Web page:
Tags: Donald Trump | Russia | Michael Flynn | justice | department | national security adviser

Wash Post: Justice Dept Feared Flynn Compromised by Russians

Image: Wash Post: Justice Dept Feared Flynn Compromised by Russians

National Security Adviser Michael Flynn

Monday, 13 Feb 2017 09:05 PM

The acting attorney general informed the Trump White House late last month the Justice Department and the FBI feared National Security Adviser Michael Flynn was potentially vulnerable to Russian blackmail, current and former U.S. officials told The Washington Post on Monday night.

Officials believed Flynn had misled senior administration officials about the nature of his communications with the Russian ambassador to the United States, the Post added.

According to the Post, Sally Yates told the White House she believed Flynn had misled senior administration officials about the nature of his contacts with Russian Ambassador Sergey Kislyak.

The message from Yates was prompted by concerns Flynn, when asked about his calls and texts with the Russian diplomat, had told Vice President-elect Mike Pence and others he did not discuss sanctions on Russia for its interference in the 2016 election, the Post reported.

According to the Post, the FBI had intercepts and wrote a secret report summarizing Flynn's discussions with Kislyak.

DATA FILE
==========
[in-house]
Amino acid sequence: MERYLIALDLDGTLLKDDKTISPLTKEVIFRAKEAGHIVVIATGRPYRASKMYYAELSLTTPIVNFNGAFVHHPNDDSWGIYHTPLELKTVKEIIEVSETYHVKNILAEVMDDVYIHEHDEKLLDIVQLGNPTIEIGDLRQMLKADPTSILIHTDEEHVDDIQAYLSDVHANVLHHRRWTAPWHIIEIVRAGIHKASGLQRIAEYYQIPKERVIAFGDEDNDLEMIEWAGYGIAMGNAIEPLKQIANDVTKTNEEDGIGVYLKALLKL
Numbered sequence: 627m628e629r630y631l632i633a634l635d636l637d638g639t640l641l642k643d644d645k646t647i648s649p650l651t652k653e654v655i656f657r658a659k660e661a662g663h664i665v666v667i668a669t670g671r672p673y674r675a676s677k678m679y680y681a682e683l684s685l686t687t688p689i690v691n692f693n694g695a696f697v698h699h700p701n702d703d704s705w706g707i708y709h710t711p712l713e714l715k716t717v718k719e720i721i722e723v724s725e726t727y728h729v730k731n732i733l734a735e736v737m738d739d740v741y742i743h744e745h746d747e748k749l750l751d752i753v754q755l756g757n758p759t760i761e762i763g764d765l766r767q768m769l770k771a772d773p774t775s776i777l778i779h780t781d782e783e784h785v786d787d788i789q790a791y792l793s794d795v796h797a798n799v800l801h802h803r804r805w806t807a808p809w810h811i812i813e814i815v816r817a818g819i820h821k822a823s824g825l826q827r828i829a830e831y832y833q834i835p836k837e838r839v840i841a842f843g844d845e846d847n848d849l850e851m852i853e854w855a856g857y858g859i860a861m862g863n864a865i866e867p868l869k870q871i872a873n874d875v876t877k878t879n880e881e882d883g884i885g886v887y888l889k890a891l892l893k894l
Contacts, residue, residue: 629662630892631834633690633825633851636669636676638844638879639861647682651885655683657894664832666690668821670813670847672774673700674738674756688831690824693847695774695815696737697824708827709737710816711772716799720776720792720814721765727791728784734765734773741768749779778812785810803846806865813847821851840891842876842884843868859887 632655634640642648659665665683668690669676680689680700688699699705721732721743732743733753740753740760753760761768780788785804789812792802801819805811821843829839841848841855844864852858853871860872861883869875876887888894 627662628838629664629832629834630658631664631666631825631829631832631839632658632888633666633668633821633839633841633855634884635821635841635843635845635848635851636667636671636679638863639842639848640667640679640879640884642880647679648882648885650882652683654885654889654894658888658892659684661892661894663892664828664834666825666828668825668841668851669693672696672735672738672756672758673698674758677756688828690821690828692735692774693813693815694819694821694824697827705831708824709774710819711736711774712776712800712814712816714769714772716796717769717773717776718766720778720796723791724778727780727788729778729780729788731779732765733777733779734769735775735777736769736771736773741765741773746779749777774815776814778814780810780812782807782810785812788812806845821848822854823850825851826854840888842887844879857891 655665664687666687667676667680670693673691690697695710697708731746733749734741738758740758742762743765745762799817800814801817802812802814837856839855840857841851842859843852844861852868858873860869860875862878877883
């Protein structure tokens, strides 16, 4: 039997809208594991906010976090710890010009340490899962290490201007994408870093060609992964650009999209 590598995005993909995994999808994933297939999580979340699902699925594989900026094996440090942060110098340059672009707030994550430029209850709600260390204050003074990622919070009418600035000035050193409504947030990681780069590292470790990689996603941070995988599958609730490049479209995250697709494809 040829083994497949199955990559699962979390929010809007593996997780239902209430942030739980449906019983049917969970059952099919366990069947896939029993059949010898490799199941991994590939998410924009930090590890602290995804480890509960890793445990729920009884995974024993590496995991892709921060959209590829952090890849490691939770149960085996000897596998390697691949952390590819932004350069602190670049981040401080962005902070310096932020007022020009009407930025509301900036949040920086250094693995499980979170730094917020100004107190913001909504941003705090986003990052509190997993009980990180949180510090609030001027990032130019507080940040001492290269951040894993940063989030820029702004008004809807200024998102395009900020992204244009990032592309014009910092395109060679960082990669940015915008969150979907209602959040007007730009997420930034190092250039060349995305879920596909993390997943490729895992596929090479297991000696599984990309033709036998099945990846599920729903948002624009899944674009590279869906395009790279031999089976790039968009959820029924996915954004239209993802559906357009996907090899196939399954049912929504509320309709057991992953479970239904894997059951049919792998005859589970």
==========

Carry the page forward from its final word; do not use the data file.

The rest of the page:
Yates, then the Justice Department's deputy attorney general, considered Flynn's comments in an intercepted call to be "highly significant" and "potentially illegal," one unnamed official told the Post.

Then-Director of National Intelligence James Clapper and CIA director John Brennan shared Yates' concerns and concurred with her recommendation to inform the Trump White House, the Post reported.

Yates and other intelligence officials suspected Flynn could be in violation of an obscure U.S. statute known as the Logan Act, which bars U.S. citizens from interfering in diplomatic disputes with another country, but knew there was little chance of bringing a case against him using a statute that has never been used in a prosecution, the Post reported.

The internal debate over how to handle the intelligence on Flynn and Kislyak came to a head Jan. 19, Obama's last full day in office.

Yates, Clapper, and Brennan argued for briefing the incoming administration so the new president could decide how to deal with the matter. The officials discussed options, including telling Pence, the incoming White House counsel, the incoming chief of staff or President Donald Trump himself.

Clapper and Brennan left their positions when Trump was sworn in Jan. 20. Yates stayed on until Jan. 30, when she was fired for refusing to defend Trump's executive order temporarily barring refugees and people from seven majority-Muslim countries.

A senior Trump administration official told the Post the White House was aware of the matter, adding: "We've been working on this for weeks."

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The acting attorney general informed the Trump White House late last month the Justice Department and the FBI feared National Security Adviser Michael Flynn was potentially vulnerable to Russian blackmail, current and former U.S. officials told The Washington Post on Monday night.
Michael Flynn, justice, department, national security adviser
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2017-05-13
Monday, 13 Feb 2017 09:05 PM
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